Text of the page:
Ford Motor Co posted a $2.3 billion quarterly net profit, mainly due to gains from a $10 billion debt-reduction plan, and said it was on track to at least break even in 2011, sending its shares up 10 percent.

Ford posted an operating loss for the quarter that was better than analysts expected, excluding a net gain of $2.8 billion from one-time items that included the debt-reduction actions, despite reeling global markets that helped push U.S. rivals General Motors and Chrysler into bankruptcy.

Ford expects the U.S. economy to start to come back in the third quarter, with further improvement in the fourth quarter and into 2010, but it is still a very fragile economy, Chief Executive Alan Mulally said in a conference call.

An overall and North American profit in 2011 would be the first such mark for the U.S. automaker since 2004.

Ford posted a net profit of 69 cents per share for the second quarter, versus a net loss of $2.7 billion, or $3.89 per share, a year earlier.

The loss from continuing operations and excluding one-time items was $638 million, or 21 cents per share. Analysts on average had expected a loss of 50 cents per share on that basis, according to Reuters Estimates.

Revenue fell to $27.2 billion in the quarter, from $38.2 billion a year earlier. Analysts had expected $23.39 billion.

Ford said its auto business burned through $1 billion in cash in the second quarter, an easing from the first quarter's $3.7 billion outflow. The automaker said it expects cash flow to improve the rest of the year.

The cash burn is really being wiped off quickly, said Erich Merkle, president of auto consulting firm They are well ahead of schedule. I think Ford returning to profitability will be sooner than most expect.

Ford cut its automotive debt by about $10 billion by completing a series of transactions in early April, and raised $1.6 billion through a public stock offering in May, using proceeds to support funding for a U.S. union retiree healthcare trust. It expects to pursue more balance sheet improvements.


Ford executives have said the company has sufficient liquidity to complete a turnaround plan, leaving investors focused on cash preservation and debt reduction.

The automotive business ended June with $21.0 billion in cash, compared with $21.3 billion at the end of March. Its debt burden stood at $26.1 billion at the end of June, down from $32.1 billion at the end of March.

The company borrowed $23 billion in 2006, secured by most of its remaining assets, including the Blue Oval logo, to support a multilayered restructuring and now carries a far heavier debt burden than post-bankruptcy GM and Chrysler.

Ford posted losses totaling $30 billion from 2006 through 2008 -- including a company record of $14.7 billion last year -- and reported a $1.43 billion loss in the first quarter.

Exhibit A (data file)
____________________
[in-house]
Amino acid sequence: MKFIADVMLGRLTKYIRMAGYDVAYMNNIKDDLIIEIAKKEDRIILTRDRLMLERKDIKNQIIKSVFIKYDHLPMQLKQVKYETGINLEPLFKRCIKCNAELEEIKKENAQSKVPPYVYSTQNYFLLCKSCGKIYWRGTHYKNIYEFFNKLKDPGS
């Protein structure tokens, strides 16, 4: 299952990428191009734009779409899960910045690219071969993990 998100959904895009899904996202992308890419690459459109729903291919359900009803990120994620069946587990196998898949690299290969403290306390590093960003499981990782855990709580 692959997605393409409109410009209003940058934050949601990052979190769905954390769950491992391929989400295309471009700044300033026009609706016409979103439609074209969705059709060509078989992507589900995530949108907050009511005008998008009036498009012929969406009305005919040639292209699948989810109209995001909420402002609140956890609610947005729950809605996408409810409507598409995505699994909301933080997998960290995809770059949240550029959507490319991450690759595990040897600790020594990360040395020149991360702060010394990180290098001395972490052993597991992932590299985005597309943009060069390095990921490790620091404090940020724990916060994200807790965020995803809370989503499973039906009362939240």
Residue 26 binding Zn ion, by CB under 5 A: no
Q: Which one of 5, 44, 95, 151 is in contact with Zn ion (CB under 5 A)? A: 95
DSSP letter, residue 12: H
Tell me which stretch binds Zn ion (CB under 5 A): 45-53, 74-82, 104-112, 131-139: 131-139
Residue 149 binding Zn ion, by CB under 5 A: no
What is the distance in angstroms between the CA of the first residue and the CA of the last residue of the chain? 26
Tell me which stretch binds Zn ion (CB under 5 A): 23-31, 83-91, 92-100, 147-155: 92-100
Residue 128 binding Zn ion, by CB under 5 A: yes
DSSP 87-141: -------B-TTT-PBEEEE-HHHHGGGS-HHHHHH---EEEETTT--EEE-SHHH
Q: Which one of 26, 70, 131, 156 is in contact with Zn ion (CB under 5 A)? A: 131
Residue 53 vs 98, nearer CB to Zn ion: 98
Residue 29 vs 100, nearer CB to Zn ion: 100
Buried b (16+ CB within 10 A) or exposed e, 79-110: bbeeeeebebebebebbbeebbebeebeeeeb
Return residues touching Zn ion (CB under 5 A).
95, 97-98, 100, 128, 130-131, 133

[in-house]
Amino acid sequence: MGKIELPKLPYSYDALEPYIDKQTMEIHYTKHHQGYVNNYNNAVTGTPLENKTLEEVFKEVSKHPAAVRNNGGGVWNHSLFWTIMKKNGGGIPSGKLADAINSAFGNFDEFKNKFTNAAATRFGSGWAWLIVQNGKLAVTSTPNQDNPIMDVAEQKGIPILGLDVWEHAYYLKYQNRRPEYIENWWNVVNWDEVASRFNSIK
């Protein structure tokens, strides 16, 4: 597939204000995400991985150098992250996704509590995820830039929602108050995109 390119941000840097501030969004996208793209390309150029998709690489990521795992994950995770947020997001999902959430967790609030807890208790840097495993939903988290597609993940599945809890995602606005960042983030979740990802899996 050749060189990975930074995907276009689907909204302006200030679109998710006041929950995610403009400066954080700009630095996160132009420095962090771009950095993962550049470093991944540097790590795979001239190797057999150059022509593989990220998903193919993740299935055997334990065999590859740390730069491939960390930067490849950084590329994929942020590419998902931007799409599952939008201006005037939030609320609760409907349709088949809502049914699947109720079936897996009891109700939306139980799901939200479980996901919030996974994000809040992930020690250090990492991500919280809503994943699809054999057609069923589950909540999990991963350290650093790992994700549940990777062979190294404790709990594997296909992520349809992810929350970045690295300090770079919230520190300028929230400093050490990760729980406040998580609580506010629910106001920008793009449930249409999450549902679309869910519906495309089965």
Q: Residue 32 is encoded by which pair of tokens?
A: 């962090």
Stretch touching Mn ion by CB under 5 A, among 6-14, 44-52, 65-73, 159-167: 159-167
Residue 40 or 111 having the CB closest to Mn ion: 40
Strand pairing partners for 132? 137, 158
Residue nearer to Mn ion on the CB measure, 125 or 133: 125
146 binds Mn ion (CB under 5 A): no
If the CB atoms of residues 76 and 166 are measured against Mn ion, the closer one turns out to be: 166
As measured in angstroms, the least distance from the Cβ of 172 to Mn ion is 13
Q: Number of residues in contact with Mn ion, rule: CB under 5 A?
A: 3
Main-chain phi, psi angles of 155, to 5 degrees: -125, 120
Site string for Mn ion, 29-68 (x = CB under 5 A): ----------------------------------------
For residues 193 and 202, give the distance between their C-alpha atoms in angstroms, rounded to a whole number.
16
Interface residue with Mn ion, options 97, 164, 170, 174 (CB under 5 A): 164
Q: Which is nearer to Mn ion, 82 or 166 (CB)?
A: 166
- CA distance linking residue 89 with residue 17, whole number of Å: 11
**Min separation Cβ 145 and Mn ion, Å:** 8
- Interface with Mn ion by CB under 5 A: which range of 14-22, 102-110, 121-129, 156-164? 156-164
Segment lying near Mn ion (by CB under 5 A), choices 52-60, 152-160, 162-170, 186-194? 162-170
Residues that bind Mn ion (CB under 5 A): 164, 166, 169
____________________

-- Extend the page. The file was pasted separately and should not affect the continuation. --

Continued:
The Dearborn, Michigan-based automaker has been navigating a U.S. downturn now in its fourth year with industry sales reaching their worst levels in three decades. It has not taken emergency U.S. government loans.

Ford's U.S. sales fell about 33 percent in the first half of 2009, the best result among the top six-selling automakers.

Overall, Ford expects U.S. auto industry sales of 10.5 million to 11 million vehicles in 2009, including medium and heavy duty trucks. Ford's planning assumptions for 2010 call for U.S. industry sales of 12.5 million vehicles next year.

The automaker is restructuring to operate profitably in a smaller U.S. auto market and to meet an expected increase in consumer preferences for cars over larger SUVs and pickup trucks that drove profits a decade ago.

About 1,000 United Auto Workers-represented hourly employees accepted buyouts or early retirements in its latest offer, leaving Ford with about 47,000 hourly workers, a level it is comfortable with, the automaker said.

In recent weeks, Ford also reached an agreement with the UAW to adjust its funding options for the retiree healthcare trust, known as a Voluntary Employee Beneficiary Association.

The agreement gives Ford the option to make half of its required contributions in stock at the market rate for payments due in 2009, 2010 and 2011, rather than a fixed stock price, making it potentially less dilutive with the shares rising.

The automaker remains in talks with the UAW on other issues to ensure that Ford has a labor cost parity following the concessions the union granted to GM and Chrysler.

The automaker has sold several businesses to raise cash and focus its operations including its Aston Martin, Jaguar and Land Rover brands from its former premier auto group. Ford is also entertaining offers for its Volvo brand.

Booth said Ford was talking to a number of interested parties for Volvo, the Swedish luxury car brand that is the last member left from its premier auto group.

Ford Credit, the automaker's captive financing arm, reported net income of $413 million in the quarter, up from a $1.4 billion net loss a year earlier.

Ford shares were up 65 cents or 10.2 percent at $7.03 on Thursday on the New York Stock Exchange, a 14-month high.

(Reporting by David Bailey and Soyoung Kim; Editing by Gerald E. McCormick, Maureen Bavdek and Matthew Lewis)